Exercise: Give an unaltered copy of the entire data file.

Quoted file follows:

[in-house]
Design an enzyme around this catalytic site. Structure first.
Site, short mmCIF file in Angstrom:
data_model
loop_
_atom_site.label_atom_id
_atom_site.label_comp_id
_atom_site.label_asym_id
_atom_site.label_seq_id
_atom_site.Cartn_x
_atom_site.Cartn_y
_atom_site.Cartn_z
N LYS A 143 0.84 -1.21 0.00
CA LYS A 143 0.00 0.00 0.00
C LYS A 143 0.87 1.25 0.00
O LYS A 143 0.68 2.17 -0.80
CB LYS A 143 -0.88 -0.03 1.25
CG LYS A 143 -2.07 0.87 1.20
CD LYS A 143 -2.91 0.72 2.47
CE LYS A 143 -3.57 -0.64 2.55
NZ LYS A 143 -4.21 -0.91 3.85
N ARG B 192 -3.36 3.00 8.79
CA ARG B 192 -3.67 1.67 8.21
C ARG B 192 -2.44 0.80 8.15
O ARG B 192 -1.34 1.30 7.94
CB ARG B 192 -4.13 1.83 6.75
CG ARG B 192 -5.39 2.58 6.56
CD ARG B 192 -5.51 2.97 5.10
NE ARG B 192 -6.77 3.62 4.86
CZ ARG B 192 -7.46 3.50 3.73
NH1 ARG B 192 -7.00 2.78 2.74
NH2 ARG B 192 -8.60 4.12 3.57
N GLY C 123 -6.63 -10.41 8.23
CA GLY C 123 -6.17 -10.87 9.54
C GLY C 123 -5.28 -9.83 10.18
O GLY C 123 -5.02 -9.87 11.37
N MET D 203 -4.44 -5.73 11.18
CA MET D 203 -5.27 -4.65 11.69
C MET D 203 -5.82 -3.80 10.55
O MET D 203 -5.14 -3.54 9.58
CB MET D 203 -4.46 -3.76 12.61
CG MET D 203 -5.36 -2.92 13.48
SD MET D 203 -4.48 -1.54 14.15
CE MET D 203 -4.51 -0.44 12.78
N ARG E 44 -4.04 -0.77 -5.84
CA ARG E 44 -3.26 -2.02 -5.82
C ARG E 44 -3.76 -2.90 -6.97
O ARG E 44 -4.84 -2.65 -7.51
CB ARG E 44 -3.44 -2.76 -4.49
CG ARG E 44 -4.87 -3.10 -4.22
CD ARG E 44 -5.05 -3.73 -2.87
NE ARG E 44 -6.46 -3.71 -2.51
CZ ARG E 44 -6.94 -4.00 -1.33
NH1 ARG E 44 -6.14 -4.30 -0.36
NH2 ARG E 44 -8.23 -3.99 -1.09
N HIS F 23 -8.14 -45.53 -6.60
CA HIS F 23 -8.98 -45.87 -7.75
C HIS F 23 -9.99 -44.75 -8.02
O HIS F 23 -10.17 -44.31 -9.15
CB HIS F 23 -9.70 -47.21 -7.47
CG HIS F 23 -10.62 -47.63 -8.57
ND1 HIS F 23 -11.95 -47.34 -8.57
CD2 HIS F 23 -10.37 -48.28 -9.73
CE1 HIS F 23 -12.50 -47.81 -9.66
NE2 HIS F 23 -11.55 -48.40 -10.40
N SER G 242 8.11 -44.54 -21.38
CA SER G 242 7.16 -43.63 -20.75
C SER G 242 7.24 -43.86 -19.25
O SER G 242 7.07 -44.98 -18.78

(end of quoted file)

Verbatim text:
[in-house]
Design an enzyme around this catalytic site. Structure first.
Site, short mmCIF file in Angstrom:
data_model
loop_
_atom_site.label_atom_id
_atom_site.label_comp_id
_atom_site.label_asym_id
_atom_site.label_seq_id
_atom_site.Cartn_x
_atom_site.Cartn_y
_atom_site.Cartn_z
N LYS A 143 0.84 -1.21 0.00
CA LYS A 143 0.00 0.00 0.00
C LYS A 143 0.87 1.25 0.00
O LYS A 143 0.68 2.17 -0.80
CB LYS A 143 -0.88 -0.03 1.25
CG LYS A 143 -2.07 0.87 1.20
CD LYS A 143 -2.91 0.72 2.47
CE LYS A 143 -3.57 -0.64 2.55
NZ LYS A 143 -4.21 -0.91 3.85
N ARG B 192 -3.36 3.00 8.79
CA ARG B 192 -3.67 1.67 8.21
C ARG B 192 -2.44 0.80 8.15
O ARG B 192 -1.34 1.30 7.94
CB ARG B 192 -4.13 1.83 6.75
CG ARG B 192 -5.39 2.58 6.56
CD ARG B 192 -5.51 2.97 5.10
NE ARG B 192 -6.77 3.62 4.86
CZ ARG B 192 -7.46 3.50 3.73
NH1 ARG B 192 -7.00 2.78 2.74
NH2 ARG B 192 -8.60 4.12 3.57
N GLY C 123 -6.63 -10.41 8.23
CA GLY C 123 -6.17 -10.87 9.54
C GLY C 123 -5.28 -9.83 10.18
O GLY C 123 -5.02 -9.87 11.37
N MET D 203 -4.44 -5.73 11.18
CA MET D 203 -5.27 -4.65 11.69
C MET D 203 -5.82 -3.80 10.55
O MET D 203 -5.14 -3.54 9.58
CB MET D 203 -4.46 -3.76 12.61
CG MET D 203 -5.36 -2.92 13.48
SD MET D 203 -4.48 -1.54 14.15
CE MET D 203 -4.51 -0.44 12.78
N ARG E 44 -4.04 -0.77 -5.84
CA ARG E 44 -3.26 -2.02 -5.82
C ARG E 44 -3.76 -2.90 -6.97
O ARG E 44 -4.84 -2.65 -7.51
CB ARG E 44 -3.44 -2.76 -4.49
CG ARG E 44 -4.87 -3.10 -4.22
CD ARG E 44 -5.05 -3.73 -2.87
NE ARG E 44 -6.46 -3.71 -2.51
CZ ARG E 44 -6.94 -4.00 -1.33
NH1 ARG E 44 -6.14 -4.30 -0.36
NH2 ARG E 44 -8.23 -3.99 -1.09
N HIS F 23 -8.14 -45.53 -6.60
CA HIS F 23 -8.98 -45.87 -7.75
C HIS F 23 -9.99 -44.75 -8.02
O HIS F 23 -10.17 -44.31 -9.15
CB HIS F 23 -9.70 -47.21 -7.47
CG HIS F 23 -10.62 -47.63 -8.57
ND1 HIS F 23 -11.95 -47.34 -8.57
CD2 HIS F 23 -10.37 -48.28 -9.73
CE1 HIS F 23 -12.50 -47.81 -9.66
NE2 HIS F 23 -11.55 -48.40 -10.40
N SER G 242 8.11 -44.54 -21.38
CA SER G 242 7.16 -43.63 -20.75
C SER G 242 7.24 -43.86 -19.25
O SER G 242 7.07 -44.98 -18.78